The next 3 years in spine: What will gain ground on fusion?

Laura Dyrda -   Print  |

Outpatient surgery and fewer fusions are likely the future of spine surgery, according to Peter Derman, MD, a spine surgeon with Texas Back Institute in Plano.

Dr. Derman joined the Becker's Spine & Orthopedic podcast March 4 to discuss big trends and his upcoming research on minimally invasive surgical techniques.

Below is an excerpt from the conversation. Click here for the full episode.

Note: Responses are lightly edited for clarity and style.

Question: How do you see spine changing in the next three years?

Dr. Peter Derman: There is going to be more outpatient surgery. This was already a trend toward outpatient, but COVID-19 really brought this to the forefront, especially because hospitals were overwhelmed, and patients didn't want to be in the hospital. There has been an even greater push toward doing surgeries that were traditionally considered inpatient stays on an outpatient basis. Part of that does fold into minimally invasive surgery because you can't send someone home the day of surgery if they had a big cut.

I think less fusion is something we're seeing, and will continue. We'll look back in 30 years and say, 'Look how barbaric the things we were doing 30 years ago were. We were fusing people.' I came to spine surgery through orthopedics, and when you have knee or hip arthritis they use to fuse your joint. But if you went to a hip surgeon now with hip arthritis and they planned to do a fusion on you, you'd run the other way, albeit slowly because you have hip arthritis.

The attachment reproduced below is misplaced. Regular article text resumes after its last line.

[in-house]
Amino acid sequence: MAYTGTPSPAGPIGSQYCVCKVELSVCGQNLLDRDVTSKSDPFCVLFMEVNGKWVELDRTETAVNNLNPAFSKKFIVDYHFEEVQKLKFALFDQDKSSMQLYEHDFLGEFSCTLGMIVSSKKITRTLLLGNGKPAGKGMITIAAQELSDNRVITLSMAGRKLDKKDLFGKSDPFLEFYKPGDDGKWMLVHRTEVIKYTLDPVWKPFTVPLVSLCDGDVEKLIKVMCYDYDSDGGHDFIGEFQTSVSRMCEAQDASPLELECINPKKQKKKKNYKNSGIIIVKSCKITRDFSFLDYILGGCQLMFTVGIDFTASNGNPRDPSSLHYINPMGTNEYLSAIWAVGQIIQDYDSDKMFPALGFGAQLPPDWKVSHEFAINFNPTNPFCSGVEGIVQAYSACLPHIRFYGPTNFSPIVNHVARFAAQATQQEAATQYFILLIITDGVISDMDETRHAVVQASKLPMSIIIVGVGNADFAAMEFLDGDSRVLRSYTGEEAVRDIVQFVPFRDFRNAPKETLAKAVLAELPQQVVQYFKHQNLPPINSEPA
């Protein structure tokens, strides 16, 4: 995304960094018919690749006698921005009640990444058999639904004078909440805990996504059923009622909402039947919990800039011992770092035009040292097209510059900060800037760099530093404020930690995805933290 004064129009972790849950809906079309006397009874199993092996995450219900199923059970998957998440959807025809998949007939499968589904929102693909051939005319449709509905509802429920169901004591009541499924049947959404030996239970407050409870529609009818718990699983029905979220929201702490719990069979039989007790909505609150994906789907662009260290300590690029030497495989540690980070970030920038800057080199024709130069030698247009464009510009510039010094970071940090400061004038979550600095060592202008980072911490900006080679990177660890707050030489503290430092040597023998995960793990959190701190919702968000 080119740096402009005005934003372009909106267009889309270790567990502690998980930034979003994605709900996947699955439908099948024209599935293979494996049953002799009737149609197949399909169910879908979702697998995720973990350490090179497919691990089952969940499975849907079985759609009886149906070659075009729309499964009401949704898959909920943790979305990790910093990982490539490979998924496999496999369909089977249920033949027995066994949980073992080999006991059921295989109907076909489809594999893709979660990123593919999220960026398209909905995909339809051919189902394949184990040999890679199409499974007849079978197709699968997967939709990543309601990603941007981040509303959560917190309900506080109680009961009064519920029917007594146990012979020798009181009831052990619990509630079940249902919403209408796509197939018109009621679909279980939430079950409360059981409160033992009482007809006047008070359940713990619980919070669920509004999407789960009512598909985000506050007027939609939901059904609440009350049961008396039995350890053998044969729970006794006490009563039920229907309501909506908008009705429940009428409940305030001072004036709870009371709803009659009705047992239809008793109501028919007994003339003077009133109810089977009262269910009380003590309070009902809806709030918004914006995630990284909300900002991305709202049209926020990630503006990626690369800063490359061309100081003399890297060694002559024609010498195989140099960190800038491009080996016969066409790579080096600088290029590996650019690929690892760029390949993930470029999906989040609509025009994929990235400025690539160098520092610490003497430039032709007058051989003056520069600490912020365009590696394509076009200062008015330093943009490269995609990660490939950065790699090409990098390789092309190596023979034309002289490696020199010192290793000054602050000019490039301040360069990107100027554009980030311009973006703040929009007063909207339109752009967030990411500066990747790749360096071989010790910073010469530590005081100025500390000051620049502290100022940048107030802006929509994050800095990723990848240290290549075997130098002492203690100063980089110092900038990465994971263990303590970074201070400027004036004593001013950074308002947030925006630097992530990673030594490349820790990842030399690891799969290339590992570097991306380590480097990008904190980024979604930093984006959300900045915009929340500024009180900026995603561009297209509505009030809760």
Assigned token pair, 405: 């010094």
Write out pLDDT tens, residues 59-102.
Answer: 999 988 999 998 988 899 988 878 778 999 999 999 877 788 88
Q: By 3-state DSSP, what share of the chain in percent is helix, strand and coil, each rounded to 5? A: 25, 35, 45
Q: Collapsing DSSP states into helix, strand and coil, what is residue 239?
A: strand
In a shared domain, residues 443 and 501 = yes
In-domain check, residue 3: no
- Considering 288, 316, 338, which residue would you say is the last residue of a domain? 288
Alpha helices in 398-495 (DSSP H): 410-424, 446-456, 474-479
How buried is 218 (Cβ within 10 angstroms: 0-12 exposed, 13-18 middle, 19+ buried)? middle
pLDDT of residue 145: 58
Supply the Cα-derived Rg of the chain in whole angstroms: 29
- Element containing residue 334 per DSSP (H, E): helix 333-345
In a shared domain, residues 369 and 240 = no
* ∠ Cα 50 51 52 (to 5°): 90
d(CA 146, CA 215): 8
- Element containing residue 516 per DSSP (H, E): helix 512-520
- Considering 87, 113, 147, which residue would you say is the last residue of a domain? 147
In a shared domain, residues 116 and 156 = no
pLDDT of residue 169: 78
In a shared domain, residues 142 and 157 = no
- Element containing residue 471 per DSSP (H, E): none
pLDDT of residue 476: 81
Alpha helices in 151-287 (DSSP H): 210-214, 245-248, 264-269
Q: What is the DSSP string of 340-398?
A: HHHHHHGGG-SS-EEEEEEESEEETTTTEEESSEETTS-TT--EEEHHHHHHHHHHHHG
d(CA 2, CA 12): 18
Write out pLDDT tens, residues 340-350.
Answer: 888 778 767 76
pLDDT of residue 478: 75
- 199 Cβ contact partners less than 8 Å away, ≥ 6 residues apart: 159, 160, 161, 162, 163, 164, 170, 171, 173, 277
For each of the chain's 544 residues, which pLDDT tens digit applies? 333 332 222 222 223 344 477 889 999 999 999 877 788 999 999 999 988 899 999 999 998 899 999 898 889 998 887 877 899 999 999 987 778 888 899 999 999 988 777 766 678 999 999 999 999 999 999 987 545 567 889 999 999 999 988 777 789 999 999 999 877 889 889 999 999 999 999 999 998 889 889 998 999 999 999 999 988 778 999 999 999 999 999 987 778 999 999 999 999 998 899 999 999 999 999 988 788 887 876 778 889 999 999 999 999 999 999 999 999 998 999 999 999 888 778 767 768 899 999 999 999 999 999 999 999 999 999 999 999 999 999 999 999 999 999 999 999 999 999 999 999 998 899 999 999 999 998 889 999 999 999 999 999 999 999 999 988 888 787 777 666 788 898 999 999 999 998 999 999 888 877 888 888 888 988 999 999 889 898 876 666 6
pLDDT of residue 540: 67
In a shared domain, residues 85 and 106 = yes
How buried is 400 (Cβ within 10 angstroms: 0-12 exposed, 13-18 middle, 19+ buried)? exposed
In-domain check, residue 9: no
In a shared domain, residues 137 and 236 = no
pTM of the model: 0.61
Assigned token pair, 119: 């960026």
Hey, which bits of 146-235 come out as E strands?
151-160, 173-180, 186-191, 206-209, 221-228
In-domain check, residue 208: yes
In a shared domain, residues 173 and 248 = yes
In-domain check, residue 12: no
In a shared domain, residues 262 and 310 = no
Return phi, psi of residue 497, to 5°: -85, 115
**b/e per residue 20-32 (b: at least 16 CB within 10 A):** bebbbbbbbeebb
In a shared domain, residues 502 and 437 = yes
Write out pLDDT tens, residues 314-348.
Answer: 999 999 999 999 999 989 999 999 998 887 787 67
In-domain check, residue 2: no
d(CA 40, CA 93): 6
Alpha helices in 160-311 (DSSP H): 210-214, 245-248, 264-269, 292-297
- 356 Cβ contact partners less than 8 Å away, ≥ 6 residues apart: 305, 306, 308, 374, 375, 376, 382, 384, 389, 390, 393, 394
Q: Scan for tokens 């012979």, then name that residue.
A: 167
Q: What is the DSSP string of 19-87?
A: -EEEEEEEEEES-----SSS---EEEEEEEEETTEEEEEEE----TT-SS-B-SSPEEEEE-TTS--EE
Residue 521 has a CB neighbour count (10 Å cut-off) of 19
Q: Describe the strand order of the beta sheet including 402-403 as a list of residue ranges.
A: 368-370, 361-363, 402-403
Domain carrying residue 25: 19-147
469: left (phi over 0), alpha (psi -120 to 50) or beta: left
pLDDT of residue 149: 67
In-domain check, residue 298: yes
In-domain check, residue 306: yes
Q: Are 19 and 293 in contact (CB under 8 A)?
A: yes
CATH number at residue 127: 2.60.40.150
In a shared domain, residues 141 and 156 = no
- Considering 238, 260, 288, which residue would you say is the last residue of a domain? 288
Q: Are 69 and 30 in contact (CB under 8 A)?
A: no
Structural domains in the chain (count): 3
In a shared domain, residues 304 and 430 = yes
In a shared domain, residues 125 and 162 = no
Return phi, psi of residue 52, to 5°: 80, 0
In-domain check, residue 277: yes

I think we're going to view it similarly in the future in spine. We'll realize we were fusing patients, and that's not a natural way for the spine to move, or not move. Motion preservation, whether through disc replacement, or perhaps in many cases, by decompressions that are minimally invasive and don't further destabilize the spine. One of the cool things about endoscopic procedures is it's allowed me to do decompressions on many different patients who would have traditionally obtained a fusion. You can sometimes decompress transforaminally even to the center of the canal without destabilizing the segment in any way. As our disc replacement devices improve, and our ability to decompress without destabilizing improves, we're going to see more and more of a trend away from fusion as a treatment paradigm.

More articles on spine surgery:
Dr. Jeffrey Carlson: How minimally invasive spine surgery has evolved at the ASC
Dr. Richard Chua on robotics and spine surgery in 2021
Challenges of adopting endoscopic spine surgery & advice for overcoming the learning curve: Q&A with Dr. Saqib Hasan

 

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